This reaction raise many questions, including the mechanism or the electrochemical steps as well as the role of the anatase electrode. We used Density Functional Tight Binding (DFTB ) method to study the interaction between organic acids and possible intermediates of the reduction reaction. For the simulation, models of the (101) surface of anatase as well as nanoparticle models were also used.
TiO2 nanoparticles, unlike surface slab models, always have a strong dipole moment, which interfere with absorption of organic acids as well as the solvent water molecules. The morphology of the nanoparticles has also a strong influence on the bandgap of TiO2: calculations showed an approx. 0.5 eV smaller gap for the nanoparticles. The decrease of the gap were mostly due to the significantly lower LUMO energy levels when they are compared to surface models (Figure 1). These low energy LUMO levels are due to edge effects and are expected to play an important role in the electrochemical reduction over these nanoparticles.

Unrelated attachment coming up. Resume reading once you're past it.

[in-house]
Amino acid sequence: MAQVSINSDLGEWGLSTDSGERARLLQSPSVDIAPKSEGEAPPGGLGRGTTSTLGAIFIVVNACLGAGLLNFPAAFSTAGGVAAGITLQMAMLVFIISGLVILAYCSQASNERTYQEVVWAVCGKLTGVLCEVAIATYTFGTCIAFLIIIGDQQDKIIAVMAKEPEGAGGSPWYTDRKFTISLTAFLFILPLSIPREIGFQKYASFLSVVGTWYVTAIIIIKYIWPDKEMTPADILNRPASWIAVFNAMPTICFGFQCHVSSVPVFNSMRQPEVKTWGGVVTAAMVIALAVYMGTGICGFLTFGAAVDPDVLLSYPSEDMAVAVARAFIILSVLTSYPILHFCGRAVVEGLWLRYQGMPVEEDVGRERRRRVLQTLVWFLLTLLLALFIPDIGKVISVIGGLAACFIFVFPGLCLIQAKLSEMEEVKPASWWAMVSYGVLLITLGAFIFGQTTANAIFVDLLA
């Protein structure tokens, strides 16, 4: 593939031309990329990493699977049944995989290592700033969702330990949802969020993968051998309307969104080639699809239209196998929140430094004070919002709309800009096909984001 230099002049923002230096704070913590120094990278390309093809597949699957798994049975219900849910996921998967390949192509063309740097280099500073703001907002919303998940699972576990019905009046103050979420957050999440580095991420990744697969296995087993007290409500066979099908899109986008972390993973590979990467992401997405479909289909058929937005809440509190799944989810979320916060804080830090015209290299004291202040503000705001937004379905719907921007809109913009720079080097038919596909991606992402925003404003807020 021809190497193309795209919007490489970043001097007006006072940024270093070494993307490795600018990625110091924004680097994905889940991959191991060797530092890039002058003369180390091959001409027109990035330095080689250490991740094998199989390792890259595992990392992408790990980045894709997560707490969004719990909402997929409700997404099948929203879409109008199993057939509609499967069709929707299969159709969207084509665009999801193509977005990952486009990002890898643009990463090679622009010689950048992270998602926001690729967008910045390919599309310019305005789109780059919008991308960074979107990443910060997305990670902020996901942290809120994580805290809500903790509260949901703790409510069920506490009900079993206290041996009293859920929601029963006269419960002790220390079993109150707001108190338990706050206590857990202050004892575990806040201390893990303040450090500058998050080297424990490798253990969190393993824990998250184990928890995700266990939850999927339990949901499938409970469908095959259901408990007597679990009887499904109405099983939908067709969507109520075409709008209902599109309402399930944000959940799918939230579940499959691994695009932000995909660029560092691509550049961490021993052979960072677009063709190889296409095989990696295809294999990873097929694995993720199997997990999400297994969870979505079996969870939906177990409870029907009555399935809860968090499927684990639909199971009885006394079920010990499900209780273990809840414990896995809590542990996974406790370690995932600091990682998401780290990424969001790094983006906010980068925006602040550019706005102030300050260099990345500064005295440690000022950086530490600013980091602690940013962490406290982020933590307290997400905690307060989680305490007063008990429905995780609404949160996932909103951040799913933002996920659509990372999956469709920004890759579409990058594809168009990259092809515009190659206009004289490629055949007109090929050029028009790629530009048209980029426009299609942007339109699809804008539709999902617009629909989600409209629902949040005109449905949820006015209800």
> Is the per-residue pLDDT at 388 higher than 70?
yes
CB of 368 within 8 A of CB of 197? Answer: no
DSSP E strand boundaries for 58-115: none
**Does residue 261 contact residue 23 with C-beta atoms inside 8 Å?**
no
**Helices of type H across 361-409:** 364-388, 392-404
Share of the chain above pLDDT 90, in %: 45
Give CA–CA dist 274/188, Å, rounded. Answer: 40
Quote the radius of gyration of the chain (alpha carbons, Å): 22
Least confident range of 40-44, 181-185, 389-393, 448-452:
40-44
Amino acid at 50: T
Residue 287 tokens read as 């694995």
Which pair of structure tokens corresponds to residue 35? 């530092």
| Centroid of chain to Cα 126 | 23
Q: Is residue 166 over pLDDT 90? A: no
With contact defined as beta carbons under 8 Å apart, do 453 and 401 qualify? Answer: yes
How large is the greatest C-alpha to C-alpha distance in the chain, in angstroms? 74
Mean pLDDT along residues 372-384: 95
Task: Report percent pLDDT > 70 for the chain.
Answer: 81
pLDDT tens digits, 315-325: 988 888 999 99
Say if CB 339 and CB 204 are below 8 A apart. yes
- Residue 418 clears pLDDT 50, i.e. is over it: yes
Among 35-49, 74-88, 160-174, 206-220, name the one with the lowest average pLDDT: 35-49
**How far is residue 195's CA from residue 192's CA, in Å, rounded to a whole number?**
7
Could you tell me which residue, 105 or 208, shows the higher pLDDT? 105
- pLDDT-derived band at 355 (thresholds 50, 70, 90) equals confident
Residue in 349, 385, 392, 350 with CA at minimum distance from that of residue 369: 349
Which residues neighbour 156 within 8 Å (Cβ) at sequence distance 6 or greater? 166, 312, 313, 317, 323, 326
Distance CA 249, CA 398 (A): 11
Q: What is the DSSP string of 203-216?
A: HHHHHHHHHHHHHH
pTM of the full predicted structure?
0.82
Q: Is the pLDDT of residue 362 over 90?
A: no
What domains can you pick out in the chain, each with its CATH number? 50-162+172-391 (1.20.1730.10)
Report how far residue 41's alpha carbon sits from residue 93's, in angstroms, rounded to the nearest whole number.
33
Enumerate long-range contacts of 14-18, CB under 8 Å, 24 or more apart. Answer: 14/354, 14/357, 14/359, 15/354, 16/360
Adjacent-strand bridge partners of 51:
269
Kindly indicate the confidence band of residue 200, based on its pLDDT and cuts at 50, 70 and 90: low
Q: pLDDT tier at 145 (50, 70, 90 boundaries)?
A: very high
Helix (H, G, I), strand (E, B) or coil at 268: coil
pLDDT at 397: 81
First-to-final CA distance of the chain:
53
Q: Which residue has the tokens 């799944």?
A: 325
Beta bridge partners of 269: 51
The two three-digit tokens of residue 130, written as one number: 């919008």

Calculations showed very strong absorption of the acids on the anatase models (in order of 150 kJ/mol). Such a strong absorption of the carboxyl group may actually protect it from the reduction. We hypothesized that one of the carboxyl group of oxalic acid acts as an anchor, while the reduction reaction is taking place mostly on the other side of the molecule. This would also explain why ordinary carboxylic acids like acetic acid cannot be reduced under the same conditions.